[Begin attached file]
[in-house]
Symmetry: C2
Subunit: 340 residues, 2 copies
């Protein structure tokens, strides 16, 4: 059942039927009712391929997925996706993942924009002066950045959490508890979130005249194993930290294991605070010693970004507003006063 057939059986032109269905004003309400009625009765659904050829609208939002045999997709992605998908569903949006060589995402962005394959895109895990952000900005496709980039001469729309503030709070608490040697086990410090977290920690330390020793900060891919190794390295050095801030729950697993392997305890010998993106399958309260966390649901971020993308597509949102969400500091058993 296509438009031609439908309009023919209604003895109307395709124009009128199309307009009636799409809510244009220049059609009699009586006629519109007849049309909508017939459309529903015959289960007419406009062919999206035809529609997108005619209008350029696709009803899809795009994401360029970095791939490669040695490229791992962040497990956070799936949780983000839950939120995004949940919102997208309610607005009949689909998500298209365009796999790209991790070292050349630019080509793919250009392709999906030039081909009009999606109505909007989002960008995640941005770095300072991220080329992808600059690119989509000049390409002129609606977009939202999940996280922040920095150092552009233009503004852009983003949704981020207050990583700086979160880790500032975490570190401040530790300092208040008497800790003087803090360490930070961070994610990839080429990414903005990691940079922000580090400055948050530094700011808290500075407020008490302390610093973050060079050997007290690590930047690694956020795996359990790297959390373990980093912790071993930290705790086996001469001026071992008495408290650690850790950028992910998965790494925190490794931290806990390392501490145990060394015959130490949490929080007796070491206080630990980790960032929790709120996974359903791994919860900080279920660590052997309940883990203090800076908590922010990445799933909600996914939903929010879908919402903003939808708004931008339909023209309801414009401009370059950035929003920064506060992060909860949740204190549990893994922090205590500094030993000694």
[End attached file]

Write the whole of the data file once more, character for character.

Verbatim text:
[in-house]
Symmetry: C2
Subunit: 340 residues, 2 copies
């Protein structure tokens, strides 16, 4: 059942039927009712391929997925996706993942924009002066950045959490508890979130005249194993930290294991605070010693970004507003006063 057939059986032109269905004003309400009625009765659904050829609208939002045999997709992605998908569903949006060589995402962005394959895109895990952000900005496709980039001469729309503030709070608490040697086990410090977290920690330390020793900060891919190794390295050095801030729950697993392997305890010998993106399958309260966390649901971020993308597509949102969400500091058993 296509438009031609439908309009023919209604003895109307395709124009009128199309307009009636799409809510244009220049059609009699009586006629519109007849049309909508017939459309529903015959289960007419406009062919999206035809529609997108005619209008350029696709009803899809795009994401360029970095791939490669040695490229791992962040497990956070799936949780983000839950939120995004949940919102997208309610607005009949689909998500298209365009796999790209991790070292050349630019080509793919250009392709999906030039081909009009999606109505909007989002960008995640941005770095300072991220080329992808600059690119989509000049390409002129609606977009939202999940996280922040920095150092552009233009503004852009983003949704981020207050990583700086979160880790500032975490570190401040530790300092208040008497800790003087803090360490930070961070994610990839080429990414903005990691940079922000580090400055948050530094700011808290500075407020008490302390610093973050060079050997007290690590930047690694956020795996359990790297959390373990980093912790071993930290705790086996001469001026071992008495408290650690850790950028992910998965790494925190490794931290806990390392501490145990060394015959130490949490929080007796070491206080630990980790960032929790709120996974359903791994919860900080279920660590052997309940883990203090800076908590922010990445799933909600996914939903929010879908919402903003939808708004931008339909023209309801414009401009370059950035929003920064506060992060909860949740204190549990893994922090205590500094030993000694």